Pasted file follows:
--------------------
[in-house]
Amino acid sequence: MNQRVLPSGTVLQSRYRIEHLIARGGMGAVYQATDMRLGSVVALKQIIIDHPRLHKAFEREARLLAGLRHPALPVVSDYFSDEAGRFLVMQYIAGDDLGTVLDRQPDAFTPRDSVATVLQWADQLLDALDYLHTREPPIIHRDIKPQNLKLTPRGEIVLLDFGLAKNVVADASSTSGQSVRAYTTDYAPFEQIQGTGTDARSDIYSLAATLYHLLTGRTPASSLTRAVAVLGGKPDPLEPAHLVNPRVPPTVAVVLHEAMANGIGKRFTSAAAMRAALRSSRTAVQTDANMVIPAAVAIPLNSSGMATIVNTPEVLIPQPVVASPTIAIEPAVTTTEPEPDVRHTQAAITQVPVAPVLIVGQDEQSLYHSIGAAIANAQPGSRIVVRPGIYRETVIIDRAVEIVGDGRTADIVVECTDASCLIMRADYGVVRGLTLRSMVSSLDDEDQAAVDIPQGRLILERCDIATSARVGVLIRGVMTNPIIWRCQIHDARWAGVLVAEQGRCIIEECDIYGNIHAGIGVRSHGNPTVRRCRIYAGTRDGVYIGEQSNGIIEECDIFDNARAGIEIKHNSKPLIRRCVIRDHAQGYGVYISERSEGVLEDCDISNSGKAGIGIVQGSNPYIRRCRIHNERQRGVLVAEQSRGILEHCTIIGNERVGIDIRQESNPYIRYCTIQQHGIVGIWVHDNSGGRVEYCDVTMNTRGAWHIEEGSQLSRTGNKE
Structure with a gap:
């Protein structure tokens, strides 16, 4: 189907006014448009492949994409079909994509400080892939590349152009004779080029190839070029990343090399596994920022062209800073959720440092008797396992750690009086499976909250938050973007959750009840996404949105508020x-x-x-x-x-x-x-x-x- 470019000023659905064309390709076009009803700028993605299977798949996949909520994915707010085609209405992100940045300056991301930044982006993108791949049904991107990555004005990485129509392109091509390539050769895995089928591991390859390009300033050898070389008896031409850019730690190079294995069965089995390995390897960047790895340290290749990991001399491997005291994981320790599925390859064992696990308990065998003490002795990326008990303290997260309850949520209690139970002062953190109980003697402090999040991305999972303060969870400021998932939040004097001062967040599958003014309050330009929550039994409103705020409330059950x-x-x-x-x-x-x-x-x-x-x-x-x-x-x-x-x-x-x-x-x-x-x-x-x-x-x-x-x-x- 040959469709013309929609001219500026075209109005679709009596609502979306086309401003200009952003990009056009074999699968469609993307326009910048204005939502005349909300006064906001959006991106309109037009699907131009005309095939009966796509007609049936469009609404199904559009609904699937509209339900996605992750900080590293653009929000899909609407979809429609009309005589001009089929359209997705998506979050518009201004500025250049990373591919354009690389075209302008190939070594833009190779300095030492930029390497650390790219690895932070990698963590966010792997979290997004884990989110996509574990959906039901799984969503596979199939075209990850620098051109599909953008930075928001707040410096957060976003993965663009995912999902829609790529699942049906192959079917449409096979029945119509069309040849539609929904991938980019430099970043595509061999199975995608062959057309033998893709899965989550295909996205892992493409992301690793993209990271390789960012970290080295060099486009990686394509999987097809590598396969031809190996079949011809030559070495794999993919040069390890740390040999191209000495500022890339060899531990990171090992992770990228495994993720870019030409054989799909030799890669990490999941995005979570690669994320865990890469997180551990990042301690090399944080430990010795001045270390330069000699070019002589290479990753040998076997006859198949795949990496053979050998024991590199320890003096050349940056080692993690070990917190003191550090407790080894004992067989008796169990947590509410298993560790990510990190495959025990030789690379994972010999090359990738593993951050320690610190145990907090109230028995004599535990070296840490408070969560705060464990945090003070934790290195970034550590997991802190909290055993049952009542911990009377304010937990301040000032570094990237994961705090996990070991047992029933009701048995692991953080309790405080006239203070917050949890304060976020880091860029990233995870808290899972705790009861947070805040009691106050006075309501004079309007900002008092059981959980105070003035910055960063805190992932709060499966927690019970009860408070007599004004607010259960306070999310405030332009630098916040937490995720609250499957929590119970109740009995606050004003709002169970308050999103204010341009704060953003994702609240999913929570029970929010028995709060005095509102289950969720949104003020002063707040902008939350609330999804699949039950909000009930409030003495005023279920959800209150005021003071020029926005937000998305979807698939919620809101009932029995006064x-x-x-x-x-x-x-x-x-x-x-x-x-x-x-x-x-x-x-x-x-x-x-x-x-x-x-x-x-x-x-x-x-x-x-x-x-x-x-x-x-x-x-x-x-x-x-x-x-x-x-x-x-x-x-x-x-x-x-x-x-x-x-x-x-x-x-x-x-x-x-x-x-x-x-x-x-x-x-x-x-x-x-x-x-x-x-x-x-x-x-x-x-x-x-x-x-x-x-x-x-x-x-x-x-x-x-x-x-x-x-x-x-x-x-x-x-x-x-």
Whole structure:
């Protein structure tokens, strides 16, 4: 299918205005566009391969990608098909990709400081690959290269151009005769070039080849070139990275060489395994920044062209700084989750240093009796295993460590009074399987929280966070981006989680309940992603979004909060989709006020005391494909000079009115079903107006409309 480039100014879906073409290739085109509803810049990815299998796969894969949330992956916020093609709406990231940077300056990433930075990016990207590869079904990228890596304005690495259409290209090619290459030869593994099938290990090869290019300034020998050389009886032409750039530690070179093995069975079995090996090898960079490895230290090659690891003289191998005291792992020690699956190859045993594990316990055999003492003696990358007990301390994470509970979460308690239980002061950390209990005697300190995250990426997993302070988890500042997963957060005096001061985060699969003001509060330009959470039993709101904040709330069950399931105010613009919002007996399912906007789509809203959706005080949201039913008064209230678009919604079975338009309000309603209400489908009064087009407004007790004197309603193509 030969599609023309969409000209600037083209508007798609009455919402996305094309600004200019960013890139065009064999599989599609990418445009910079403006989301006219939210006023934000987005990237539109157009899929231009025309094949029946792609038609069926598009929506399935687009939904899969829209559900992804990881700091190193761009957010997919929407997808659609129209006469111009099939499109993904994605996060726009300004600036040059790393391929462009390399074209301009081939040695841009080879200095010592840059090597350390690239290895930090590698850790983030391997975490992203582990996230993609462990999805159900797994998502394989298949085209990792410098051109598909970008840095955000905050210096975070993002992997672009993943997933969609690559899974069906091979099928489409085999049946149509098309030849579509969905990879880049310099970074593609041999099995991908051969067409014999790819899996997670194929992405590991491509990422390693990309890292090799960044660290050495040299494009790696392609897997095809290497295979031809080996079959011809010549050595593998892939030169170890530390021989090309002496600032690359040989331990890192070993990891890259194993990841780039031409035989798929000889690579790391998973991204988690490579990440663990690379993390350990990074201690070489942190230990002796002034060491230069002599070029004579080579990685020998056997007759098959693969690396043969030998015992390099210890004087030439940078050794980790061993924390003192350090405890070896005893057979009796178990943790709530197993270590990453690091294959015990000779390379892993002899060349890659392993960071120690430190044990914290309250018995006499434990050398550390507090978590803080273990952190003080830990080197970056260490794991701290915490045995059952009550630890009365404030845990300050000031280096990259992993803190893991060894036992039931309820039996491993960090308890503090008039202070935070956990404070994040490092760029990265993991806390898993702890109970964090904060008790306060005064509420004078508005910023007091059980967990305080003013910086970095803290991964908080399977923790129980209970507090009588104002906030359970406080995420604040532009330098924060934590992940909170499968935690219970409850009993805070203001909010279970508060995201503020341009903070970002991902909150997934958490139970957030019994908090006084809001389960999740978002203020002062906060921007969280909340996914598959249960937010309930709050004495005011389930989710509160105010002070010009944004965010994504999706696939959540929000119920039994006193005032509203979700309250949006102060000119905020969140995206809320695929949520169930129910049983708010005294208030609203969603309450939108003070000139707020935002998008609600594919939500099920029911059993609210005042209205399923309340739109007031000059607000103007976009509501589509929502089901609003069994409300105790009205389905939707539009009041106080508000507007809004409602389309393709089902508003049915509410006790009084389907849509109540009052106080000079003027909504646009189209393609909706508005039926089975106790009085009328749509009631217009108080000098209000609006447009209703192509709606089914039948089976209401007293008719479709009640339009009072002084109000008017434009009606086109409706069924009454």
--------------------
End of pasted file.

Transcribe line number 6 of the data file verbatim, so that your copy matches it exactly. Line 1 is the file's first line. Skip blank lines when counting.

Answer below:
């Protein structure tokens, strides 16, 4: 299918205005566009391969990608098909990709400081690959290269151009005769070039080849070139990275060489395994920044062209700084989750240093009796295993460590009074399987929280966070981006989680309940992603979004909060989709006020005391494909000079009115079903107006409309 480039100014879906073409290739085109509803810049990815299998796969894969949330992956916020093609709406990231940077300056990433930075990016990207590869079904990228890596304005690495259409290209090619290459030869593994099938290990090869290019300034020998050389009886032409750039530690070179093995069975079995090996090898960079490895230290090659690891003289191998005291792992020690699956190859045993594990316990055999003492003696990358007990301390994470509970979460308690239980002061950390209990005697300190995250990426997993302070988890500042997963957060005096001061985060699969003001509060330009959470039993709101904040709330069950399931105010613009919002007996399912906007789509809203959706005080949201039913008064209230678009919604079975338009309000309603209400489908009064087009407004007790004197309603193509 030969599609023309969409000209600037083209508007798609009455919402996305094309600004200019960013890139065009064999599989599609990418445009910079403006989301006219939210006023934000987005990237539109157009899929231009025309094949029946792609038609069926598009929506399935687009939904899969829209559900992804990881700091190193761009957010997919929407997808659609129209006469111009099939499109993904994605996060726009300004600036040059790393391929462009390399074209301009081939040695841009080879200095010592840059090597350390690239290895930090590698850790983030391997975490992203582990996230993609462990999805159900797994998502394989298949085209990792410098051109598909970008840095955000905050210096975070993002992997672009993943997933969609690559899974069906091979099928489409085999049946149509098309030849579509969905990879880049310099970074593609041999099995991908051969067409014999790819899996997670194929992405590991491509990422390693990309890292090799960044660290050495040299494009790696392609897997095809290497295979031809080996079959011809010549050595593998892939030169170890530390021989090309002496600032690359040989331990890192070993990891890259194993990841780039031409035989798929000889690579790391998973991204988690490579990440663990690379993390350990990074201690070489942190230990002796002034060491230069002599070029004579080579990685020998056997007759098959693969690396043969030998015992390099210890004087030439940078050794980790061993924390003192350090405890070896005893057979009796178990943790709530197993270590990453690091294959015990000779390379892993002899060349890659392993960071120690430190044990914290309250018995006499434990050398550390507090978590803080273990952190003080830990080197970056260490794991701290915490045995059952009550630890009365404030845990300050000031280096990259992993803190893991060894036992039931309820039996491993960090308890503090008039202070935070956990404070994040490092760029990265993991806390898993702890109970964090904060008790306060005064509420004078508005910023007091059980967990305080003013910086970095803290991964908080399977923790129980209970507090009588104002906030359970406080995420604040532009330098924060934590992940909170499968935690219970409850009993805070203001909010279970508060995201503020341009903070970002991902909150997934958490139970957030019994908090006084809001389960999740978002203020002062906060921007969280909340996914598959249960937010309930709050004495005011389930989710509160105010002070010009944004965010994504999706696939959540929000119920039994006193005032509203979700309250949006102060000119905020969140995206809320695929949520169930129910049983708010005294208030609203969603309450939108003070000139707020935002998008609600594919939500099920029911059993609210005042209205399923309340739109007031000059607000103007976009509501589509929502089901609003069994409300105790009205389905939707539009009041106080508000507007809004409602389309393709089902508003049915509410006790009084389907849509109540009052106080000079003027909504646009189209393609909706508005039926089975106790009085009328749509009631217009108080000098209000609006447009209703192509709606089914039948089976209401007293008719479709009640339009009072002084109000008017434009009606086109409706069924009454």